Under the Red Sky

Under the Red Sky (Joker) Part 2

At 11:45, on the night of November 21, just one day after my mother’s funeral, I turned my rusty, coughing Volvo onto Luna Street and came face to face with my new home: the Lennon Apartment Complex.

I peered up skeptically at the seemingly decaying building, as my engine shut off with a horrible wheeze. I breathed out slowly, in the heat of my car, as my eyes swept over the place Sandra had recommended.

Her cheery voice s rang in my ears: Cheapest apartment you’ll find in Gotham!

Maybe I had misinterpreted her words. Her suggestion seemed more like a warning now.

“Just do it, Selena,” I murmured to myself, my tired eyes staring intently at the steering wheel. “Just get out of the car and walk up to the place. It’ll be fine.”

Never mind there were about three prostitutes on the corner giving my car the eye and four suspicious looking fellows giving them the eye as I drove by. And never mind I can practically smell the dust and rotting air radiating from apartment.

I licked my chapped lips quickly and ripped my keys from the ignition. My fingers grasped the cool metal of the door handle and with a noisy screech, the door swung open.
My foot met the pavement with a crunch of cold slush, and as I heaved myself from my ancient car, I cast a fleeting look at all of my possessions which had been carefully crammed into the back of my car.

I briefly worried what would become of them, if I left them here on the street for only a few mere moments while I stepped inside. Maybe the prostitutes will keep a glittered eye on them, I considered, smiling to myself.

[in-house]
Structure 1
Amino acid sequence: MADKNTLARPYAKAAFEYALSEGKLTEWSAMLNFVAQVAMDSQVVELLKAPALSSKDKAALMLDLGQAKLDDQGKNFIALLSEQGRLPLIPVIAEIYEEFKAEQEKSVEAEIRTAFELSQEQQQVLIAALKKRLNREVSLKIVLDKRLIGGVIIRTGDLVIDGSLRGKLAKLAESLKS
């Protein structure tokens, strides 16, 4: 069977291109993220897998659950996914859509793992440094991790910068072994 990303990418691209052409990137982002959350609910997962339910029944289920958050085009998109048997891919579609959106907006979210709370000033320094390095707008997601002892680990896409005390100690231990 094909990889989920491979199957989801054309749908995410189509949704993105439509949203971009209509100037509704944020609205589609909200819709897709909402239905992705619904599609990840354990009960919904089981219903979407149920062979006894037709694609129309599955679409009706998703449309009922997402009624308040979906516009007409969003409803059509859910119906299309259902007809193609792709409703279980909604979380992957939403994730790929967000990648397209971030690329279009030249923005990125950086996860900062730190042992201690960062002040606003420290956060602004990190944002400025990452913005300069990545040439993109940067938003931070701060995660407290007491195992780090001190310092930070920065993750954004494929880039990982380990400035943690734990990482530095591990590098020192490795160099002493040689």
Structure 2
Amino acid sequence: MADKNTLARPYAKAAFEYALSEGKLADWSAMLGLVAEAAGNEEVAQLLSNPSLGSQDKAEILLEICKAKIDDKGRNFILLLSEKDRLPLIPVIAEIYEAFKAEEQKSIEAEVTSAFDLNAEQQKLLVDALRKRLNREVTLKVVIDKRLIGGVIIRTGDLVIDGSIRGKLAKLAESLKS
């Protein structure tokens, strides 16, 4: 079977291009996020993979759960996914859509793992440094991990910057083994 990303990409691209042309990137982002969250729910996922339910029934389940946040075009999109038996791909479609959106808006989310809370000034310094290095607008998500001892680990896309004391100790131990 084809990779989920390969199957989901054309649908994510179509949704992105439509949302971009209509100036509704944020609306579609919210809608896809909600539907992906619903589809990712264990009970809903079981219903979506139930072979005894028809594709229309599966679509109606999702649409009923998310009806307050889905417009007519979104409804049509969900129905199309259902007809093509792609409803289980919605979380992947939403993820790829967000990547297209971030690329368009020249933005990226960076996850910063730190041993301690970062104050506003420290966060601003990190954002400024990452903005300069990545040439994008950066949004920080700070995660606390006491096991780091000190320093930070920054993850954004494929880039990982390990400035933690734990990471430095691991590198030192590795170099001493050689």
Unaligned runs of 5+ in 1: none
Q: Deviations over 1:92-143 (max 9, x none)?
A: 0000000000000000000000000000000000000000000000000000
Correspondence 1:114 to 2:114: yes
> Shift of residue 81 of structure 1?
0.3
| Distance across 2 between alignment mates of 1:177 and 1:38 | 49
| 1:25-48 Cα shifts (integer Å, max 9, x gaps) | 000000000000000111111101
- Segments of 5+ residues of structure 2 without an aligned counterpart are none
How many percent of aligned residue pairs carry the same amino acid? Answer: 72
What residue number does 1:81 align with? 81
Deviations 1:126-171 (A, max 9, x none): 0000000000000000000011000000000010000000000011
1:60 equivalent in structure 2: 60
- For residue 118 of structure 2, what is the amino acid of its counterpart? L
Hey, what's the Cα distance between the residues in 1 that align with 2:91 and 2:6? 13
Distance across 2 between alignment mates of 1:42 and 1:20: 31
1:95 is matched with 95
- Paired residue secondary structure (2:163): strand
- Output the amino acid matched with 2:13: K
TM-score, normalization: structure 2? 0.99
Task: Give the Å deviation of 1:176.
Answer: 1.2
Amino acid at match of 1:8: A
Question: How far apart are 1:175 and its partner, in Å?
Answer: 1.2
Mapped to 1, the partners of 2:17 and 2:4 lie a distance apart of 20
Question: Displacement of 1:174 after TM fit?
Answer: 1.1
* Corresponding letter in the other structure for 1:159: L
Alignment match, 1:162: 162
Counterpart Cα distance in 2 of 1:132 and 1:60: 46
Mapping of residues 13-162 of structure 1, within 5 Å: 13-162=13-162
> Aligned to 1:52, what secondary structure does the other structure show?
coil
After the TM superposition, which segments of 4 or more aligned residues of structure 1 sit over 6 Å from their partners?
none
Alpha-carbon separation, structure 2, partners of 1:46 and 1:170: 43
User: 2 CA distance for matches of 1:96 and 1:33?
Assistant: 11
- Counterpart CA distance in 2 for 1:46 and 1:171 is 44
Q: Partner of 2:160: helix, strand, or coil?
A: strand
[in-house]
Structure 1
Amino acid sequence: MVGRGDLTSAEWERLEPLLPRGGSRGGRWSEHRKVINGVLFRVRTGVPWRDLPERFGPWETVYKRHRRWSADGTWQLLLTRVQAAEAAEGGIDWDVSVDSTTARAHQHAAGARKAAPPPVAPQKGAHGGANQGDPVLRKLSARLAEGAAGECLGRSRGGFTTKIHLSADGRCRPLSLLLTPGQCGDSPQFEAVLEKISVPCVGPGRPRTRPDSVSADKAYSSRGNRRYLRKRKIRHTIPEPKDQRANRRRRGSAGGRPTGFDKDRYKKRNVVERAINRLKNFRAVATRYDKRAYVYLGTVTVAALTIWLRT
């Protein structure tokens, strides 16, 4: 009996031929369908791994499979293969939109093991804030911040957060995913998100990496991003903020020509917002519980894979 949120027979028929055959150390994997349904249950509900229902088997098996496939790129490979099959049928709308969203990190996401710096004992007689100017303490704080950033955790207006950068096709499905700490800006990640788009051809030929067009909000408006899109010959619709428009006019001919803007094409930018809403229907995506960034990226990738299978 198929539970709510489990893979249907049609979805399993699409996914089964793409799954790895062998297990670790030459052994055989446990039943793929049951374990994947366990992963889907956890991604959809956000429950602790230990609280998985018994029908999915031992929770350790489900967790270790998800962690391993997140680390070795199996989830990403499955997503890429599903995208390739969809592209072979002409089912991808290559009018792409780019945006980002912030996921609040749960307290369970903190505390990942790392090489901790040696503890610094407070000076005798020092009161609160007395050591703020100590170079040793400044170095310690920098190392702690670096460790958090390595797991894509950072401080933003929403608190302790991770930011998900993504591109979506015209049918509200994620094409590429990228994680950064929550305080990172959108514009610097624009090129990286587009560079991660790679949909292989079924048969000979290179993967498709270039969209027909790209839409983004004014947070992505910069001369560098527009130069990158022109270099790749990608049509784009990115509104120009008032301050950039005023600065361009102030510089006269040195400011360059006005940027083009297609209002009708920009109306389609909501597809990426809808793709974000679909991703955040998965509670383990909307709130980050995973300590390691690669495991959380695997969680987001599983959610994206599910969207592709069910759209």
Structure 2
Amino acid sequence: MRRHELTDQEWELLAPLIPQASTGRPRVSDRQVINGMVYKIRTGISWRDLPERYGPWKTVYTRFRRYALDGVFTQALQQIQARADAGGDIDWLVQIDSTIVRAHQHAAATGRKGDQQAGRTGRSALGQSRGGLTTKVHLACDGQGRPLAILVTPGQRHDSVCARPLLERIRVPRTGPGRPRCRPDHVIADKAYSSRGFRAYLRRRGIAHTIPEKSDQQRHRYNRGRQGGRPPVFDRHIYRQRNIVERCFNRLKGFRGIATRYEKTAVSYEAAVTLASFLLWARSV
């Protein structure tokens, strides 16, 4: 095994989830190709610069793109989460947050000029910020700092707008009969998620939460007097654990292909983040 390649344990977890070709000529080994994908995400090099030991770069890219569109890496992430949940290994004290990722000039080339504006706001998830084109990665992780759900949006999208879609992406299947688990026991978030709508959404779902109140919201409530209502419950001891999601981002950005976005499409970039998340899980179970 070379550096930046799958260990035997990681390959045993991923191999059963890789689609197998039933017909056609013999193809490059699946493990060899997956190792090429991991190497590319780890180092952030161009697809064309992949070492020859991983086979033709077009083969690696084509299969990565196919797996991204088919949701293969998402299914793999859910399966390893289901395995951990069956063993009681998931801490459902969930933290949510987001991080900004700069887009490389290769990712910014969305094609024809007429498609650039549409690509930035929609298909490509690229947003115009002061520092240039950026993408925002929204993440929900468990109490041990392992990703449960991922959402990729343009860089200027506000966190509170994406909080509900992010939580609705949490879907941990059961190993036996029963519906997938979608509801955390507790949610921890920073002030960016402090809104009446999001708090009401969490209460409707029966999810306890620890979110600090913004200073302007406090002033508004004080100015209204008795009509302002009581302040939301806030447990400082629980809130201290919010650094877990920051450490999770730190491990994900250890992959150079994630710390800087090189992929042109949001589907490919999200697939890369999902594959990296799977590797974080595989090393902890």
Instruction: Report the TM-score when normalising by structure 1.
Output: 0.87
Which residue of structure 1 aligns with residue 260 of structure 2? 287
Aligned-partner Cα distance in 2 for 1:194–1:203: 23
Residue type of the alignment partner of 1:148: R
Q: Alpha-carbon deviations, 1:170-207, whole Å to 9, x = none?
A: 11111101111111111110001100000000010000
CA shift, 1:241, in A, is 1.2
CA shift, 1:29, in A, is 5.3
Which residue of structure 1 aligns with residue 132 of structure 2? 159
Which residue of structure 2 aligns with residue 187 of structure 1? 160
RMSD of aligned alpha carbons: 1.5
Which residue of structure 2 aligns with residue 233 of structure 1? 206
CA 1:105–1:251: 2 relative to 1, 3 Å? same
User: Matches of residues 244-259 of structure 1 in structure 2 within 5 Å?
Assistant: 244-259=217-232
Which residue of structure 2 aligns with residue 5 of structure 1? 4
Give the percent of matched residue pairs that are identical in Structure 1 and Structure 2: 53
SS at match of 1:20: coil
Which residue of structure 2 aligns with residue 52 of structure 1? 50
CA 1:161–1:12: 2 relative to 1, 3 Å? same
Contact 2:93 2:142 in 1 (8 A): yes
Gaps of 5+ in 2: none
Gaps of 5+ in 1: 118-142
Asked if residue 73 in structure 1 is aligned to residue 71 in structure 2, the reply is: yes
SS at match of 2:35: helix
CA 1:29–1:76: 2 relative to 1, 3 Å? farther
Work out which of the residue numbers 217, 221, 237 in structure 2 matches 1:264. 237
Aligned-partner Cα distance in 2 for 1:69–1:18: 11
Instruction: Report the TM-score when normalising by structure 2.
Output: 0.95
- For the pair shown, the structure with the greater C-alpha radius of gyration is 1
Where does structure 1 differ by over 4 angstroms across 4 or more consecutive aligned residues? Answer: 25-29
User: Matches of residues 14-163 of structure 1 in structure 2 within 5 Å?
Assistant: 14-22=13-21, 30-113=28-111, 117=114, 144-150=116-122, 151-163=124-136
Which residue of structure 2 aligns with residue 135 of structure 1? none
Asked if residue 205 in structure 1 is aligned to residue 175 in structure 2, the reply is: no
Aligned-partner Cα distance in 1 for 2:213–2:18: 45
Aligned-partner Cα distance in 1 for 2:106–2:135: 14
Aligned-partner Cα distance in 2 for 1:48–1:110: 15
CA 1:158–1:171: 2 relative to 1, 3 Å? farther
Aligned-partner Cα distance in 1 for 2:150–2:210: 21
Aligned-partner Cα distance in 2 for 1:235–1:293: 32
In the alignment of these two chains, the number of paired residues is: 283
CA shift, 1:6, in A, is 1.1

But I did not cast any more glances at them, or at my things, as I quickly made my way up the gritty, stone steps of the Lennon Complex.

The bell chimed over the door as I shuffled in, my mousy brown hair blowing about my face as the wind picked up behind me.

The front room was deserted, and terribly messy. The air smelled of must and the lone light bulb, which hung from a wire coming down from the ceiling, cast a dim, rosy glow around the room.

To the right, there was ancient looking wooden staircase. My eyes ran up each rickety step until they reached the landing. There was a greenish tint to the place due to the flickering florescent lights overhead.

The wall to the left of me was occupied with a cluttered bookshelf, filled with random bits of paper and dust covered books, as well as a chipping, badly painted red desk no doubt belonging to the landlord. A tarnished copper bell sat idly on the muddled countertop, waiting for me.

Just as I was making my may toward the clutter and mess that hopefully held the keys to my apartment, a man appeared in the far left doorway from behind the desk.

He didn’t seem to notice me, as he scratched his unshaven face and ran a dirty hand across the front of his wife beater, which was stretched with the girth of his beer belly. His eyes were instead glued on what he held in his hand: a Playboy magazine.

The minute I caught sight of it I felt my face fill with color. I kept my eyes away from the dreaded thing as I approached the counter.

“Um…hi,” I murmured sheepishly, edging toward the cluttered mess of papers and keys. The man looked up suddenly, a wild look in his tired eyes, as if he had just realized, with a shock, that he was not alone with his magazine. With a flourish of glossy magazine pages, he hurriedly hid it behind his back. But the damage was done.

“Oh sorry,” he grumbled, bumping up against the desk in an attempt to make all appear normal. He shuffled his papers as a small amount of red appeared in his scruffy cheeks. He was embarrassed as well. “What can I help you with missy?”

I smiled meekly. “I’m the new tenant. Selena Kyle?”

The man, who I had established was the landowner, nodded repeatedly and moved about his desk, rummaging through his drawers and his scattered papers.

“Aha!” he exclaimed as he finally happened upon what he was searching for in his mess. He held up a small, iron key for me to see, smiling at it proudly like it was lost treasure. Then with a minute clink, he set it on the counter and slid it toward me.

“There you are. You’ll be in flat number nine” he mumbled, as I stepped forward to claim my key.

I thanked him with a nod of my head and pocketed the miniscule thing before I could lose it.